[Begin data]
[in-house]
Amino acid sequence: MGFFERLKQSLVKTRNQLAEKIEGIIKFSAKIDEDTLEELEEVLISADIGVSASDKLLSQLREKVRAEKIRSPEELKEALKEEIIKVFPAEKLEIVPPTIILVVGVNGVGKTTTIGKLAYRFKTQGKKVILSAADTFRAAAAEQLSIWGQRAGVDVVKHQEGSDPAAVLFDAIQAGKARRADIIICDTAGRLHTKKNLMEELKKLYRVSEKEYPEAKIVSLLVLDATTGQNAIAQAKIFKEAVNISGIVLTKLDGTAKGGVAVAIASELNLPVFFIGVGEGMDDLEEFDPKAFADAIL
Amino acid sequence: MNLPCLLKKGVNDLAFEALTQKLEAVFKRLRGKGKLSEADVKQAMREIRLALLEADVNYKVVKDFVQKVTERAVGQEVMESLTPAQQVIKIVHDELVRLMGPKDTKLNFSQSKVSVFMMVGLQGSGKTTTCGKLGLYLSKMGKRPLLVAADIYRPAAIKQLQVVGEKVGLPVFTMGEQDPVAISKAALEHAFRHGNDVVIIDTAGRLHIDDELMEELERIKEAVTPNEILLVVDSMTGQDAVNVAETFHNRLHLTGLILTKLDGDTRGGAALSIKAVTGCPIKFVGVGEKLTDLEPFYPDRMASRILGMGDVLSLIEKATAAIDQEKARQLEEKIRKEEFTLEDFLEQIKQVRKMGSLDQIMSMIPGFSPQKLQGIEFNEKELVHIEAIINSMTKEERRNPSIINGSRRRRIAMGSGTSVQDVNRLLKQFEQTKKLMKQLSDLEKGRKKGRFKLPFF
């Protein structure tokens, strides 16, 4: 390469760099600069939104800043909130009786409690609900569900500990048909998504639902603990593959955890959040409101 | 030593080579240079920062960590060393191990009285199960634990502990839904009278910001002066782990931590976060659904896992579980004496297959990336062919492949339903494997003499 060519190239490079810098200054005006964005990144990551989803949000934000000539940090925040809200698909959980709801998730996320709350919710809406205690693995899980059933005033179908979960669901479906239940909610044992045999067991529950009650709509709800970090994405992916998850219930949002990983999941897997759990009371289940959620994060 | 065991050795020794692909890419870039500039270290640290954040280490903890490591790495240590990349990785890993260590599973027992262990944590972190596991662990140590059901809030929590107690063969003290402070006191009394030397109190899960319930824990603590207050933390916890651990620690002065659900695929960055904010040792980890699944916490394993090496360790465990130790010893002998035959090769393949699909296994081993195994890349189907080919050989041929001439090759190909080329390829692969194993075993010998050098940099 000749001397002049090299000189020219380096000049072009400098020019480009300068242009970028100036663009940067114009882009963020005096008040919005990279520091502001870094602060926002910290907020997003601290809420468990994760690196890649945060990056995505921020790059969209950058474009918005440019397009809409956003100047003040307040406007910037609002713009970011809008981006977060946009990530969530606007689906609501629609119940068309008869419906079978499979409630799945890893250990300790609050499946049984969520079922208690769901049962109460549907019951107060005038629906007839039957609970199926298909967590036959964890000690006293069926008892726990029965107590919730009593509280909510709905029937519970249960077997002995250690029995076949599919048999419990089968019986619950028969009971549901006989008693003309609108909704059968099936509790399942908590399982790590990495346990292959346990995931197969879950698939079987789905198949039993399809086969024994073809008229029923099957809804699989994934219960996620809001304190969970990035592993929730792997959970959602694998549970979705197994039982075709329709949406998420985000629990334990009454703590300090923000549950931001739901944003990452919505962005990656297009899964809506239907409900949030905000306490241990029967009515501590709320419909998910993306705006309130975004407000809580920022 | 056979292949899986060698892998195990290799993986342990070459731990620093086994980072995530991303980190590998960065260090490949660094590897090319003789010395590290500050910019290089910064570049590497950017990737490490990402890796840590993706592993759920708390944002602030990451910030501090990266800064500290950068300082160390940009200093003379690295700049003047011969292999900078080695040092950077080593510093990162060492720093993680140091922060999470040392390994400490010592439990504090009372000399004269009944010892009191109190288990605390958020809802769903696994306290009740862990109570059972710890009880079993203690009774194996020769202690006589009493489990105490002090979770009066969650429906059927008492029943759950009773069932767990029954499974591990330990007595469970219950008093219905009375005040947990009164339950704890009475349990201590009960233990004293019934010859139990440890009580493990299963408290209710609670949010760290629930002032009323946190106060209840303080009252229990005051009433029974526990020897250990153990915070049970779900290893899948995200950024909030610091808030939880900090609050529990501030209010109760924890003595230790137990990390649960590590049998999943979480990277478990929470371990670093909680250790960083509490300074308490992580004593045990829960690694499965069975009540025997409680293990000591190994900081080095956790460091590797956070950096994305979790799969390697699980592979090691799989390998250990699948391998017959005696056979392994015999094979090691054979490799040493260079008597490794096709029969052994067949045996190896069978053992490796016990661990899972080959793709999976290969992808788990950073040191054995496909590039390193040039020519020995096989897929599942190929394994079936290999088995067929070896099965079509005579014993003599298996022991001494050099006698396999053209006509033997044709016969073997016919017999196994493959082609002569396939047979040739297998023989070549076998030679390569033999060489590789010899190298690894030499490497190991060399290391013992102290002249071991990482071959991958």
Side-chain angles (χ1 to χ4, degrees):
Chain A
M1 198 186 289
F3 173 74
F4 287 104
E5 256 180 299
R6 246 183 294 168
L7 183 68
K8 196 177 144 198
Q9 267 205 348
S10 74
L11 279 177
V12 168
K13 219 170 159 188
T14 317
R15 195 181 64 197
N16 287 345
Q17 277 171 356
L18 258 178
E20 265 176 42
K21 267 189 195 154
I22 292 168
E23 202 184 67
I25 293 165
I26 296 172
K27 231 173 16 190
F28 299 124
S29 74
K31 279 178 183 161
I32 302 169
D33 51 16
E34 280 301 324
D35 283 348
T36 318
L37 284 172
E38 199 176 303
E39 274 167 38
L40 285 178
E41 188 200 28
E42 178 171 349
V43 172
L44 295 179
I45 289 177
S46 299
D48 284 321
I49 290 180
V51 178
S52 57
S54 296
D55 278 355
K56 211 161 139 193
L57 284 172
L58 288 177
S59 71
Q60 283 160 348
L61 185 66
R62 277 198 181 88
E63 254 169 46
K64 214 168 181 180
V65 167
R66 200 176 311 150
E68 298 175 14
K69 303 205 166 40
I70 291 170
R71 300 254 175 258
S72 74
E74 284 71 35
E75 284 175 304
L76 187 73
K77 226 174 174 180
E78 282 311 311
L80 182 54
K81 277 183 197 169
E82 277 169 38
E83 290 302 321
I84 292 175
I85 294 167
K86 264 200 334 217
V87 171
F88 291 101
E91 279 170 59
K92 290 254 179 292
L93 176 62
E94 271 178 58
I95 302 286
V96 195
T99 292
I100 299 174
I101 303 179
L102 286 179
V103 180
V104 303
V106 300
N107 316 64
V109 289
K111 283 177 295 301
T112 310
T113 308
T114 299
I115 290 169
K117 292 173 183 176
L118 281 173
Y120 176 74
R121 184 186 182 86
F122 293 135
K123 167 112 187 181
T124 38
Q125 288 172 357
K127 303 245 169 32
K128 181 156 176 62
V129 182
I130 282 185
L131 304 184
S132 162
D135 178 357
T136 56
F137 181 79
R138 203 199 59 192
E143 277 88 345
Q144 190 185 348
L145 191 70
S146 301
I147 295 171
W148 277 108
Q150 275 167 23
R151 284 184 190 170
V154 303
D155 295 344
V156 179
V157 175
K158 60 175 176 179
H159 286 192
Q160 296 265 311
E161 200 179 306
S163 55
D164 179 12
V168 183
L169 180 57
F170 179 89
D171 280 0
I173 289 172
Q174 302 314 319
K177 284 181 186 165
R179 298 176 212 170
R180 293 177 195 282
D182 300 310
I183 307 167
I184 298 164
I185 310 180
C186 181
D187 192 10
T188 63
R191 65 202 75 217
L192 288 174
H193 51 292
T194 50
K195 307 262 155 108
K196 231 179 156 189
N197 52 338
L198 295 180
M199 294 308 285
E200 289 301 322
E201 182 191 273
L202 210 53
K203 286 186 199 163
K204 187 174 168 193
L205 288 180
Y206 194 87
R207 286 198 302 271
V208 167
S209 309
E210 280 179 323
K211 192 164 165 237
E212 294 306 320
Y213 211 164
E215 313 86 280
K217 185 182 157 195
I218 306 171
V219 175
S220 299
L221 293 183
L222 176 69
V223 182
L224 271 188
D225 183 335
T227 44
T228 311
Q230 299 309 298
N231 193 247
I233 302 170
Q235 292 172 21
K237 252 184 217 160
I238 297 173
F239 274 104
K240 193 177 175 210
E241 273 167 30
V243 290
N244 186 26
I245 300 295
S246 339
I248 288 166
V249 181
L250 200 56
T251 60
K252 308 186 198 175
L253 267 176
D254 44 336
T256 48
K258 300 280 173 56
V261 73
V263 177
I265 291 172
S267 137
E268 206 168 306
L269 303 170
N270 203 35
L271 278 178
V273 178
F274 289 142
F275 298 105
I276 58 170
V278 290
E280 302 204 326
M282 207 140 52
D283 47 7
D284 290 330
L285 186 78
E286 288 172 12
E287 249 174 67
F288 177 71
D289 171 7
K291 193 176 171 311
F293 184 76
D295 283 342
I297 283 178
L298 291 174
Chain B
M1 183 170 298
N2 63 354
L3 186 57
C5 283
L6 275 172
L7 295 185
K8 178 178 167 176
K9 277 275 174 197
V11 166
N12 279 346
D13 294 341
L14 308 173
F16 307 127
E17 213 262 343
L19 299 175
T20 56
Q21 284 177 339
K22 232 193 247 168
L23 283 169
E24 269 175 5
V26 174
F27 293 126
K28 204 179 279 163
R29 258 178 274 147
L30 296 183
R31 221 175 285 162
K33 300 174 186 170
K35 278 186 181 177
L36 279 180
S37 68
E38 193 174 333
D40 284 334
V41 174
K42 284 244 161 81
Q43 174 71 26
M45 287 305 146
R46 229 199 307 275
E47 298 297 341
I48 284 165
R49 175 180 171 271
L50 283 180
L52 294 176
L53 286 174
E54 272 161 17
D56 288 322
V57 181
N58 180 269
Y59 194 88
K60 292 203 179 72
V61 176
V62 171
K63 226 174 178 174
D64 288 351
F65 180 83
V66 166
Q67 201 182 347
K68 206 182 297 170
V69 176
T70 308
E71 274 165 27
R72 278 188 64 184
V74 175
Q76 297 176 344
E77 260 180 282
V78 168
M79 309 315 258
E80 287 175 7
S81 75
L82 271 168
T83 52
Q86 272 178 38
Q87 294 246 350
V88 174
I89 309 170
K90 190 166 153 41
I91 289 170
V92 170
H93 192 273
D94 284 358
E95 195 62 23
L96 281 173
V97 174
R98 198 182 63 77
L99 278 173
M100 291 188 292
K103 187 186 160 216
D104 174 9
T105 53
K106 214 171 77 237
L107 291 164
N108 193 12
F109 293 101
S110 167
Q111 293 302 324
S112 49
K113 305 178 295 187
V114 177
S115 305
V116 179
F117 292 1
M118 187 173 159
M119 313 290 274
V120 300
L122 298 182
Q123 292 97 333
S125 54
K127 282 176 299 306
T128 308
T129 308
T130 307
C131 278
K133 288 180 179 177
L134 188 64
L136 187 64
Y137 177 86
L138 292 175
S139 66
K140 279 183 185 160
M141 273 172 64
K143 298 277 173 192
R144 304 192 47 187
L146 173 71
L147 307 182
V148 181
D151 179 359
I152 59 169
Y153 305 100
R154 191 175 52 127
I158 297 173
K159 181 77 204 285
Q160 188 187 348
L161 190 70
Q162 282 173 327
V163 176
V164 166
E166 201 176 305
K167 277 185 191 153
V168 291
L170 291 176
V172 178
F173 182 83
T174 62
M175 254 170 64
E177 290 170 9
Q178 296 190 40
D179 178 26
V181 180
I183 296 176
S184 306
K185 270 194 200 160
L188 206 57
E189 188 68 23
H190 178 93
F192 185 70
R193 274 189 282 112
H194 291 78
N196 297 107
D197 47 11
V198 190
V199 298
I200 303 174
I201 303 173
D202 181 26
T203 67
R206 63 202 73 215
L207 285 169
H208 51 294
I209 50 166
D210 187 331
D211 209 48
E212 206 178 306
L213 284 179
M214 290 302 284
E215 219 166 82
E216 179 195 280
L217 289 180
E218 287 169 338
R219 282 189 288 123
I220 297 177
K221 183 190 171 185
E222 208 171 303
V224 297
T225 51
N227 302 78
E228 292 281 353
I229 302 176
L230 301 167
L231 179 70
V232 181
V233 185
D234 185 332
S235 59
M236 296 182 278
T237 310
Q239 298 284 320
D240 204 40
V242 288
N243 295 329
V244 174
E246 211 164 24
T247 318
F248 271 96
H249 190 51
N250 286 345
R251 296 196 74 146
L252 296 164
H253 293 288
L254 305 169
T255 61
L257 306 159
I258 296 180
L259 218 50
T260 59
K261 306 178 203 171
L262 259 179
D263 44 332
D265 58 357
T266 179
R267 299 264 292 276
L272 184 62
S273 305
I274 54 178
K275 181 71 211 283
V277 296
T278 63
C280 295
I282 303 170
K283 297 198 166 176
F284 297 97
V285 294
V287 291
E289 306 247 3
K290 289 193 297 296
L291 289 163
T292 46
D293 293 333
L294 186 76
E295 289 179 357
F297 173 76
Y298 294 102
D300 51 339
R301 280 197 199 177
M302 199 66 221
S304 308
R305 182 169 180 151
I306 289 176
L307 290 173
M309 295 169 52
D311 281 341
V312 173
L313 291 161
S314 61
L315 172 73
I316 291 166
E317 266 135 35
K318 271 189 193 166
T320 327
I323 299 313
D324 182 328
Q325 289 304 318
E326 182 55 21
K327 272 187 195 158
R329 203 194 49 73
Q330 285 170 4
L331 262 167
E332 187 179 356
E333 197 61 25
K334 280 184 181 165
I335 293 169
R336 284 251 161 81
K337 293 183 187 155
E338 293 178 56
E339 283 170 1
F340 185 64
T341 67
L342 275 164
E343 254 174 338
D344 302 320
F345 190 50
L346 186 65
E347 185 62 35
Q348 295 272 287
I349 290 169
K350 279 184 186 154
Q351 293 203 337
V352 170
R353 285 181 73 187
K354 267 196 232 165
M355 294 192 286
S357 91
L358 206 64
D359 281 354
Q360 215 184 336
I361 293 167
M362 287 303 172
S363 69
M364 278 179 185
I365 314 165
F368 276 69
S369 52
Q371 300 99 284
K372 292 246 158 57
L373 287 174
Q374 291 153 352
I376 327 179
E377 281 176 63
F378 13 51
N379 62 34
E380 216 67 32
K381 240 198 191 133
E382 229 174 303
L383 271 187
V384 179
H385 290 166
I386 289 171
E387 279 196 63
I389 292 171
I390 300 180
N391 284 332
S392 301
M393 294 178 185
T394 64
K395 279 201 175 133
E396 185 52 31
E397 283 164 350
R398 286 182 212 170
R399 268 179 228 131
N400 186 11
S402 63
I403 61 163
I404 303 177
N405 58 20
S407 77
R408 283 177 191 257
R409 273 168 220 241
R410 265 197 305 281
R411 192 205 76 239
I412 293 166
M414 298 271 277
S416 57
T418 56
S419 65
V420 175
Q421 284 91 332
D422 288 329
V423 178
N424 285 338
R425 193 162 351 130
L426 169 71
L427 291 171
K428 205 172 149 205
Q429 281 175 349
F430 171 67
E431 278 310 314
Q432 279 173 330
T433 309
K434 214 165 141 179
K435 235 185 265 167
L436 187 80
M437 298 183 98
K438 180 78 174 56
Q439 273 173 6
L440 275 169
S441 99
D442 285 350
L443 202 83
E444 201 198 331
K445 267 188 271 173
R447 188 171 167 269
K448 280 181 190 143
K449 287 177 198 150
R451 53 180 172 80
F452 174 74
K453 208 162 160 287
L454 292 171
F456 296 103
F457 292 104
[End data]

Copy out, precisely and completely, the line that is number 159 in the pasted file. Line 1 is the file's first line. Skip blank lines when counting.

H193 51 292